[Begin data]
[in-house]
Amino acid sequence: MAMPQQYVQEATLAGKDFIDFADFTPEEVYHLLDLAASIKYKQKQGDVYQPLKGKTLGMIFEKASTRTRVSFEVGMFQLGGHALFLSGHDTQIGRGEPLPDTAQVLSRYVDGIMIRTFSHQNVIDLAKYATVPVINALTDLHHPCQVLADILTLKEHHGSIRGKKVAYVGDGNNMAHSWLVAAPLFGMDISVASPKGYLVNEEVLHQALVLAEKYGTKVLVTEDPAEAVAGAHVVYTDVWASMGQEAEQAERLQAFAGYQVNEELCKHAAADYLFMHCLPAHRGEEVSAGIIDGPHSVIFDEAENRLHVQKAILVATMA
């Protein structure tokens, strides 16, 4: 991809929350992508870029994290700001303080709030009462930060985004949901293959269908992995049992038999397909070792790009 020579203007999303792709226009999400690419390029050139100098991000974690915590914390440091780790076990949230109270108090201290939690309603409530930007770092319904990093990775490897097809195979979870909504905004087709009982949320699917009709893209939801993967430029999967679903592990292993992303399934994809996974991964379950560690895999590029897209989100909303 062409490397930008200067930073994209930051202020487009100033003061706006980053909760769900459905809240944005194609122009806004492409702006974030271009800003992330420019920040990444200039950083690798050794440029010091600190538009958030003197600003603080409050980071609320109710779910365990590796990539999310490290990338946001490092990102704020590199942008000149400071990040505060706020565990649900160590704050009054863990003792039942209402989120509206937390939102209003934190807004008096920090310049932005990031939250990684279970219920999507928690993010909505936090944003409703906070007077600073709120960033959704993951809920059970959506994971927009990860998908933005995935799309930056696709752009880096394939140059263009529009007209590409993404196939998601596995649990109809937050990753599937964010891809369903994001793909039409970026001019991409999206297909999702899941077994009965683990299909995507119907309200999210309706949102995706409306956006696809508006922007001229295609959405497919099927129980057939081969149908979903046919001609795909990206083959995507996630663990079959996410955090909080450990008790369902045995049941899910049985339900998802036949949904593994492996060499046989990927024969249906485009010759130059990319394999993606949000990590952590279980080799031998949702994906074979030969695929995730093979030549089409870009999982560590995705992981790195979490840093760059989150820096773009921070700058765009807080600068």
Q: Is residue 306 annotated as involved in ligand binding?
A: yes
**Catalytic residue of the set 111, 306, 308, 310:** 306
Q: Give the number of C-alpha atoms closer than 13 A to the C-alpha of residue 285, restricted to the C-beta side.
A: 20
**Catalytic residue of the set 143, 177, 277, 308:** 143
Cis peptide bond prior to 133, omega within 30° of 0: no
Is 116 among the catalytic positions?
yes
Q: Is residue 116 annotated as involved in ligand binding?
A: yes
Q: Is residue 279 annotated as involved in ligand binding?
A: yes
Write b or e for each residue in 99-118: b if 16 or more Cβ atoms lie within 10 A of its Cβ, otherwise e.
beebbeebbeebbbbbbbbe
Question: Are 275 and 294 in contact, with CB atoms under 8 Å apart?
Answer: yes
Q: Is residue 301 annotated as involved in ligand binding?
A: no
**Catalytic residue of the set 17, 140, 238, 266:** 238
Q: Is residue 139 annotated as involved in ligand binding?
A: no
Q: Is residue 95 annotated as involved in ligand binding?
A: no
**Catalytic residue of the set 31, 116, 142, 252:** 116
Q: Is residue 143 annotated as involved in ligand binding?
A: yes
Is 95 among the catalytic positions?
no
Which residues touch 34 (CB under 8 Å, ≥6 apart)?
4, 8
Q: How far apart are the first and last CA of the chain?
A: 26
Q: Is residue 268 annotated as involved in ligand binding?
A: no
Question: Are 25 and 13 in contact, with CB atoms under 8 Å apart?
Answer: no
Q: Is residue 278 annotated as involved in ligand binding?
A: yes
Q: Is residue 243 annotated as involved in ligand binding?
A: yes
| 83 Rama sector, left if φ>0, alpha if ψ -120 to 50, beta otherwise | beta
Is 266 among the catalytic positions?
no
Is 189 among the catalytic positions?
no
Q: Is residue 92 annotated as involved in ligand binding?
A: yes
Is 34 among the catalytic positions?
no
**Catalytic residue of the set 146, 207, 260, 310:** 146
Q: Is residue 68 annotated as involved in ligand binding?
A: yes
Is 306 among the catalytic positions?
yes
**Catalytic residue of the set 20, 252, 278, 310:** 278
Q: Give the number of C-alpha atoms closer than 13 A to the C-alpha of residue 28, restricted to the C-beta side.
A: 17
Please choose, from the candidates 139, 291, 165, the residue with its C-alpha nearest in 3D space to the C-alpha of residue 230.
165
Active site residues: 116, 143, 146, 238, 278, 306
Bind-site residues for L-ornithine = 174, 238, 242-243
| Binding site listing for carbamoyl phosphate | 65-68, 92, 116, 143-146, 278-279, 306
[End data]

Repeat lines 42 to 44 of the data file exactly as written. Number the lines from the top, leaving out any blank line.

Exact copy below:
A: yes
Q: Is residue 243 annotated as involved in ligand binding?
A: yes